Irwin speaks: In recent days, Irwin himself has publicly put his differences aside, pledging to vote for Lee in a Saturday tweet. “I’m supporting the Democratic ticket up and down because, in Pennsylvania, we really have a problem with extremism,” he told JI. “If the House goes Republican, I’m afraid that the Congress is going to be focused on impeaching the president.” For the moment, Irwin suggested he was prioritizing a widely shared anxiety with GOP radicalism over Lee’s views on Israel, which had previously led him to question whether she supported the existence of a Jewish homeland. “It’s an issue,” he explained, “but it’s not the only issue.”
‘Not Summer Lee’: Even as some Jewish activists have differed with UDP, a small but unique subset of more independent-minded Jewish Democrats who spoke with JI admitted that they agreed with the group’s approach and are pulling the lever for Doyle instead, based on the simple reason that they can’t bring themselves to support Lee over her positions on Israel and connections to the far left. “I fully intend to vote for the new Mike Doyle,” said Lou Weiss, a registered Democrat in Pittsburgh who is involved in pro-Israel activism. “Frankly, he’s not Summer Lee.”
Herzog leads delegation to COP27 in Egypt
Israeli President Isaac Herzog is set for a busy week ahead. Today he is leading an Israeli delegation of outgoing ministers, officials, businesspeople and environmental leaders to the United Nations Climate Change Conference, COP27, in Sharm el-Sheikh, Egypt, before returning to Israel later this week, when he will officially receive the results of last week’s general election.
Sinai Shalom: Arriving in Sharm el-Sheikh for the climate change conference today, Herzog was welcomed by Egyptian President Abdel Fattah el-Sisi and United Nations Secretary-General António Guterres. He met with United Arab Emirates President Sheikh Mohammed bin Zayed Al Nahyan and also held high-level diplomatic meetings with other world leaders. Herzog will address the conference on Monday afternoon emphasizing the Israeli vision that the president calls the ‘Renewable Middle East,’ in which Israel and regional states will cooperate to provide major solutions for the climate crisis.
Making history: For the first time in COP history, Israel will operate a pavilion showcasing the country’s innovation in tackling climate change. Joining Herzog at the conference are members of the outgoing government, including Environmental Protection Minister Tamar Zandberg, Education Minister Yifat Shasha Biton and Science and Technology Minister Orit Farkash Hacohen, as well as representatives from the Ministries of Foreign Affairs, Environmental Protection, Education, Health and Regional Cooperation, and the Israeli Climate Forum. Jewish Insider’s Ruth Marks Eglash will be reporting from Sharm el-Sheikh this week — follow her on Twitter at @reglash.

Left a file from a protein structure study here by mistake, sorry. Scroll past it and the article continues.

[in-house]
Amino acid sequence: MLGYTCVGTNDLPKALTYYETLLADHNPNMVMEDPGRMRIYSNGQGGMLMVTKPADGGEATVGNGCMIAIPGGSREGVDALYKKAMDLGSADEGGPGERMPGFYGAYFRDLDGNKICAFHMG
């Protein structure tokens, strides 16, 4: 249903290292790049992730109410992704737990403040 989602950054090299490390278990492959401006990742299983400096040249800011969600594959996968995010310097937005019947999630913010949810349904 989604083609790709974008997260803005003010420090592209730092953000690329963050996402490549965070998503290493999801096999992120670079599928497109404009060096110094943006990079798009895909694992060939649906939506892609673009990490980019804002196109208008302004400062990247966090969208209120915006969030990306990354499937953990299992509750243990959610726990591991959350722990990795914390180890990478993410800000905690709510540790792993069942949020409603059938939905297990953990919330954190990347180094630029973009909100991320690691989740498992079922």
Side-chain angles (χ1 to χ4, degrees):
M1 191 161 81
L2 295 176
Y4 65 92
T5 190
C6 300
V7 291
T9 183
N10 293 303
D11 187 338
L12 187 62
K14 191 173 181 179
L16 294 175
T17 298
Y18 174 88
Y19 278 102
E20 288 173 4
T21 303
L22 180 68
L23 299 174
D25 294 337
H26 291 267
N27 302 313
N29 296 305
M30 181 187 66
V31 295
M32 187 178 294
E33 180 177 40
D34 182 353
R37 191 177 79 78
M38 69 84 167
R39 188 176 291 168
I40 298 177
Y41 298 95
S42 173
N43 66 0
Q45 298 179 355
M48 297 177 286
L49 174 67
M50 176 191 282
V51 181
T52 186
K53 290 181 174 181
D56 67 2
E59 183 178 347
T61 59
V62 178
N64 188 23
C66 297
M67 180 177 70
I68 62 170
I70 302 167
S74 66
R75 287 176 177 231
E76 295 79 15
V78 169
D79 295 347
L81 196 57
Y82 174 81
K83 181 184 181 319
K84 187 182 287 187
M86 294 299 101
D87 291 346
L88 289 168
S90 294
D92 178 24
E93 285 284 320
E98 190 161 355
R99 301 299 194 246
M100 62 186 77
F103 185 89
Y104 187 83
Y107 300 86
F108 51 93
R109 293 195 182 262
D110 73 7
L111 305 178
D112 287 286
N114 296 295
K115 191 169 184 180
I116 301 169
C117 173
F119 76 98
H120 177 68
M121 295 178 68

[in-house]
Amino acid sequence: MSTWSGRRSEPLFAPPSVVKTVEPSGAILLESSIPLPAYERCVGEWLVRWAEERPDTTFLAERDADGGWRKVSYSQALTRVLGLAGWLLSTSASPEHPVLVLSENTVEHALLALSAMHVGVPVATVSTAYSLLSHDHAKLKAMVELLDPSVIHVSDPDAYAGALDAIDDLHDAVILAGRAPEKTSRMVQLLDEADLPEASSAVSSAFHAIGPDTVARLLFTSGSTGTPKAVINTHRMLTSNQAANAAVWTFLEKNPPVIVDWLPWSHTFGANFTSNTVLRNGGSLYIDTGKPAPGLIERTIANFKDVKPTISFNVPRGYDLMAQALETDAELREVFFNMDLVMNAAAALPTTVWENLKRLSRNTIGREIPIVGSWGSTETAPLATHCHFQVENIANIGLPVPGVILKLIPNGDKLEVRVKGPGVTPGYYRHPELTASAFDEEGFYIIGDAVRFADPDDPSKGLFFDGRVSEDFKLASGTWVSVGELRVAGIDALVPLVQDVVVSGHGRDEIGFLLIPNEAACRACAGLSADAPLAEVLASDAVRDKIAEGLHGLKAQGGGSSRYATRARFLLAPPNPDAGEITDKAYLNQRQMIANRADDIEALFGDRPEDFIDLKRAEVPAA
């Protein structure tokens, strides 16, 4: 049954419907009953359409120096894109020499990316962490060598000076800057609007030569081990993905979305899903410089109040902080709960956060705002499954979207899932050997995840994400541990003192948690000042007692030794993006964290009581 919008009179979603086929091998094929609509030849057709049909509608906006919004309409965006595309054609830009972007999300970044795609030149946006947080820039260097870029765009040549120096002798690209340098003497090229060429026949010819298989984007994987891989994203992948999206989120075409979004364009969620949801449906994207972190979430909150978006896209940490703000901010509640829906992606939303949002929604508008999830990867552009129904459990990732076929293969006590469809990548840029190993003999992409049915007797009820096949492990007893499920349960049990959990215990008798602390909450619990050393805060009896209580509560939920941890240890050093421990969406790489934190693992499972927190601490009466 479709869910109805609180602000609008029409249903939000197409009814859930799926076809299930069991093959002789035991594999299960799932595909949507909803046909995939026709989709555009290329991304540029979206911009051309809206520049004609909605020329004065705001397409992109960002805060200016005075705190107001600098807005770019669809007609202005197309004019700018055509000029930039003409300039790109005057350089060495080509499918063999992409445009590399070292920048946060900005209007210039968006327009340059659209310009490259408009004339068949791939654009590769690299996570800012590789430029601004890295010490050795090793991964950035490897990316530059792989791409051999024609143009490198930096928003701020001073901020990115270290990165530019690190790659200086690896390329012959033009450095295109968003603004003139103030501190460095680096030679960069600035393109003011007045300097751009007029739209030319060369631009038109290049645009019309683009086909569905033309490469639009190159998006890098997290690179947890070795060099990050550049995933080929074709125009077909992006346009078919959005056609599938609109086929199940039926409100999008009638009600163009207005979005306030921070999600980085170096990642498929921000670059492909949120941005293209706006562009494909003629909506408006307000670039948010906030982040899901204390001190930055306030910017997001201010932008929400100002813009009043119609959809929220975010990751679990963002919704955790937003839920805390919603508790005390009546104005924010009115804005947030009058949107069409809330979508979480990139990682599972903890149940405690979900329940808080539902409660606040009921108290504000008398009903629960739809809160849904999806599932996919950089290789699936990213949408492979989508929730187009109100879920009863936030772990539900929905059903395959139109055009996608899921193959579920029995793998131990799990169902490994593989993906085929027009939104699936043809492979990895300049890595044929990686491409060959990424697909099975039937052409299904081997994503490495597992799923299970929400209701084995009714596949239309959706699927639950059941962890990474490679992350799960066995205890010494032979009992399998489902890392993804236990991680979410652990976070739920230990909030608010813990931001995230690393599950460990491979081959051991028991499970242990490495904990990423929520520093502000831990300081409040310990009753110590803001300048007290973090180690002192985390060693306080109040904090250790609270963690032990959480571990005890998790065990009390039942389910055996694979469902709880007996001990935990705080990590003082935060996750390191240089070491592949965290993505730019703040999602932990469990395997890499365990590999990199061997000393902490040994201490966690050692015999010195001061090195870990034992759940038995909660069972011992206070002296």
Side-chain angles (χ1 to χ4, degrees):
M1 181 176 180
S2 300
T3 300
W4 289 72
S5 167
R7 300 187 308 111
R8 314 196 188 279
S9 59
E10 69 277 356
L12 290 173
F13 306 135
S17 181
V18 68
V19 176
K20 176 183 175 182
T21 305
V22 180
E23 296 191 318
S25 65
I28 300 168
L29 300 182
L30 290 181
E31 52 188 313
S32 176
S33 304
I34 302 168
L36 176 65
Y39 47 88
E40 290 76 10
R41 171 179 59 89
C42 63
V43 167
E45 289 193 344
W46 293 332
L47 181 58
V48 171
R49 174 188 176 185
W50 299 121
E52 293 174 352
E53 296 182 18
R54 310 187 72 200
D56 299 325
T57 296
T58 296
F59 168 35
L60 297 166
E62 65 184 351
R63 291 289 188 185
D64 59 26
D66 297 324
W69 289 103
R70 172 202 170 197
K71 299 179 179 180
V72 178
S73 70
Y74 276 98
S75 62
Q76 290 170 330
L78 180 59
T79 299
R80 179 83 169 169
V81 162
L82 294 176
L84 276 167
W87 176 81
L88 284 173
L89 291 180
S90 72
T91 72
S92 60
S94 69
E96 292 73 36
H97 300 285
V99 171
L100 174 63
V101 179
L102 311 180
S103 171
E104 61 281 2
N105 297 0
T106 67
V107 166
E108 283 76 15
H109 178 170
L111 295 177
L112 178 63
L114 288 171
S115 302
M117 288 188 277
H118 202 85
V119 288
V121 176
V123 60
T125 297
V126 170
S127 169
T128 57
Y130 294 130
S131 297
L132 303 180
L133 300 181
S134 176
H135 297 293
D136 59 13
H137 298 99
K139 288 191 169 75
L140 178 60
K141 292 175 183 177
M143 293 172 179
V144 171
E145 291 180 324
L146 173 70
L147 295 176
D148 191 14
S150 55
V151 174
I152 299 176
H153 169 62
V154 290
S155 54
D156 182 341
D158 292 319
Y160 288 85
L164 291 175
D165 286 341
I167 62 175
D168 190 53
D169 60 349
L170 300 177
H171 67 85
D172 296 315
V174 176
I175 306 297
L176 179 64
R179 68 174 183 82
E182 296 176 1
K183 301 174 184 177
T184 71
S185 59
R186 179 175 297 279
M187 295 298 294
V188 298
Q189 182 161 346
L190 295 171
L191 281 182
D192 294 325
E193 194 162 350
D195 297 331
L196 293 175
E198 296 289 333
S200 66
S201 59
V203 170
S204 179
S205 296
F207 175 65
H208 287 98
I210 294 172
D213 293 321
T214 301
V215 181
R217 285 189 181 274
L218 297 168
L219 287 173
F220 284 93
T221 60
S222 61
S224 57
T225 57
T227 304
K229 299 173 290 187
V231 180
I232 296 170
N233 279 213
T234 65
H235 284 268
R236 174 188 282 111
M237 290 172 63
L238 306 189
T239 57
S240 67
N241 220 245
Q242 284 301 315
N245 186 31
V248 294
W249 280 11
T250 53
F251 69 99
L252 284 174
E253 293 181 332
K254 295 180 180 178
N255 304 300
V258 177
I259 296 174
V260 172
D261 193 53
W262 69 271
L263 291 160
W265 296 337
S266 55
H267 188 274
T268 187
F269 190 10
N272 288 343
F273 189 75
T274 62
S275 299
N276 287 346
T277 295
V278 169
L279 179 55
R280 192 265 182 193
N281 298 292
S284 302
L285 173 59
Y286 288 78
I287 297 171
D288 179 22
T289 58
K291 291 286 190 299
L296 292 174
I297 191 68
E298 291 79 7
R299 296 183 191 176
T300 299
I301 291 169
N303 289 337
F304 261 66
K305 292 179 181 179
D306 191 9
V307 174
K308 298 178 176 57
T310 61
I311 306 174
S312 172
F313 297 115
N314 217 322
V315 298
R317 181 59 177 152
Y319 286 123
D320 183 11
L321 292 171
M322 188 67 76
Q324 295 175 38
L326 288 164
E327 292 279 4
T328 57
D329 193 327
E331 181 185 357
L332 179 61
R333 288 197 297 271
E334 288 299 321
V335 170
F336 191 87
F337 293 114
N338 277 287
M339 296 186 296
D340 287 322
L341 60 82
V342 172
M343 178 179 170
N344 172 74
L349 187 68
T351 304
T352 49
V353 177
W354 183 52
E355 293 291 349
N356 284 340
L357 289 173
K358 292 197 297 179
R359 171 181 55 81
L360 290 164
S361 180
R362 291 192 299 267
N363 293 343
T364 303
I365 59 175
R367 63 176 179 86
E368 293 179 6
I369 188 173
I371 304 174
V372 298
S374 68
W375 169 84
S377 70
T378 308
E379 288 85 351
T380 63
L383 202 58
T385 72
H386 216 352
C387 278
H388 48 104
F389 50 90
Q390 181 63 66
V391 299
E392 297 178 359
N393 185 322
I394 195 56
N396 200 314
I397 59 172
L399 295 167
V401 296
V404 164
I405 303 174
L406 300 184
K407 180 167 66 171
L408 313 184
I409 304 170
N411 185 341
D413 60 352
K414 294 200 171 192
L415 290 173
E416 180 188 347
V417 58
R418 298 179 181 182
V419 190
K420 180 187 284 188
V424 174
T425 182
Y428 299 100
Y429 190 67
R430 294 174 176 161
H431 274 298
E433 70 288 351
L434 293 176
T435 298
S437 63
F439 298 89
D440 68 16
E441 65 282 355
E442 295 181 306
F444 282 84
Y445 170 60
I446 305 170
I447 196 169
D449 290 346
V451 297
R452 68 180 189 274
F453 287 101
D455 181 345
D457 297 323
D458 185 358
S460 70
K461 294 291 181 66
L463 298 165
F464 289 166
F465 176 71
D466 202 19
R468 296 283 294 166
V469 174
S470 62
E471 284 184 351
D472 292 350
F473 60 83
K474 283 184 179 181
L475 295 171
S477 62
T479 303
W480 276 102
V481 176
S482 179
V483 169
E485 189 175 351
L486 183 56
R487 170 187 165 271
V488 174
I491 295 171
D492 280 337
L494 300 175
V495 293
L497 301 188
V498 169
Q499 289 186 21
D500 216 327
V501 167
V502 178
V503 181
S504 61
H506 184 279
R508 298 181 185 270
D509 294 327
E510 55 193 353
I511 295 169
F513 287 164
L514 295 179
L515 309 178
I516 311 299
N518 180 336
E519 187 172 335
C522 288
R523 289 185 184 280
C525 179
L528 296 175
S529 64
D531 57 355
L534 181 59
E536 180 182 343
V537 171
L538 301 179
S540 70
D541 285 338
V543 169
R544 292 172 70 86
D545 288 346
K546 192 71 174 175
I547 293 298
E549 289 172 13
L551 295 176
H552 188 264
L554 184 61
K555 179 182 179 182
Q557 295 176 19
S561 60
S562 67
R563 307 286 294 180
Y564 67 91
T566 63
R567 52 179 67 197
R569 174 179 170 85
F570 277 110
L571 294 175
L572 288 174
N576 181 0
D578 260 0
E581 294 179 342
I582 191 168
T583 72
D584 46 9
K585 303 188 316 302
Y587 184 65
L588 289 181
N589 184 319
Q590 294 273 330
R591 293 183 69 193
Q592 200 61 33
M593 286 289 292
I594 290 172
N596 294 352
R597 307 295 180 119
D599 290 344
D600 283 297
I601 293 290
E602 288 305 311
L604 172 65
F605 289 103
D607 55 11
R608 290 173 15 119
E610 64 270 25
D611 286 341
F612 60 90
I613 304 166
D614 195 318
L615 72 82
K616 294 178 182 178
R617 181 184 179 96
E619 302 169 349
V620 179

Government groupings: On Wednesday and Thursday, Herzog will consult individually with the heads of each of the political parties elected to the Knesset in the recent election. Each party will recommend to the president the person they believe should become Israel’s next prime minister and be tasked with forming the country’s next government. Based on the final results announced on Friday, former Prime Minister and current Opposition Leader Benjamin Netanyahu is expected to be given the mandate. He will then be given 28 days to put together a cohesive coalition. On Sunday, according to the spokesman of his Likud party, Netanyahu began meeting with representatives of some parties with the goal of discussing ministerial and other high-level appointments. Netanyahu’s natural partners are the ultra-Orthodox factions, Shas and United Torah Judaism, as well as the ultra-nationalist Religious Zionism party.
Koch’s Israeli investment chief aims to disrupt venture capital funding
Eli Groner meets with hundreds of startups each year as the managing director in Israel for Koch Disruptive Technologies, which since 2018 has doled out almost $1 billion to emerging Israeli companies. For the fraction of those deemed disruptive enough to get funding, KDT, the venture arm of gigantic U.S. conglomerate Koch Industries, sees itself as a devoted ally that doesn’t expect quick returns, Shoshanna Solomon reports for The Circuit.
Taking time: “We are patient capital,” Groner told The Circuit during an interview at the firm’s 35th-floor Tel Aviv office overlooking the Mediterranean. “We invest with the expectation that we are going to partner with them forever or for at least for 10 years. Now, that is not always the case, but that is certainly the way we look at it when we make an investment. So, we want to work with people that are high integrity, resilient, committed and playing the long game.”
New region: When it first funded Insightec, KDT didn’t have an office in Israel. On a visit to meet industry players, company executives had an encounter with Groner, fresh out of the Prime Minister’s Office, who offered a geopolitical overview of Israel and the region. “We really connected on vision and values,” Groner said. “Six months later I got a formal offer to join KDT and open up the Israel office.” Groner has since led KDT’s investments in 13 Israeli startups that operate in fields ranging from health care, semiconductors and cybersecurity to manufacturing and agriculture.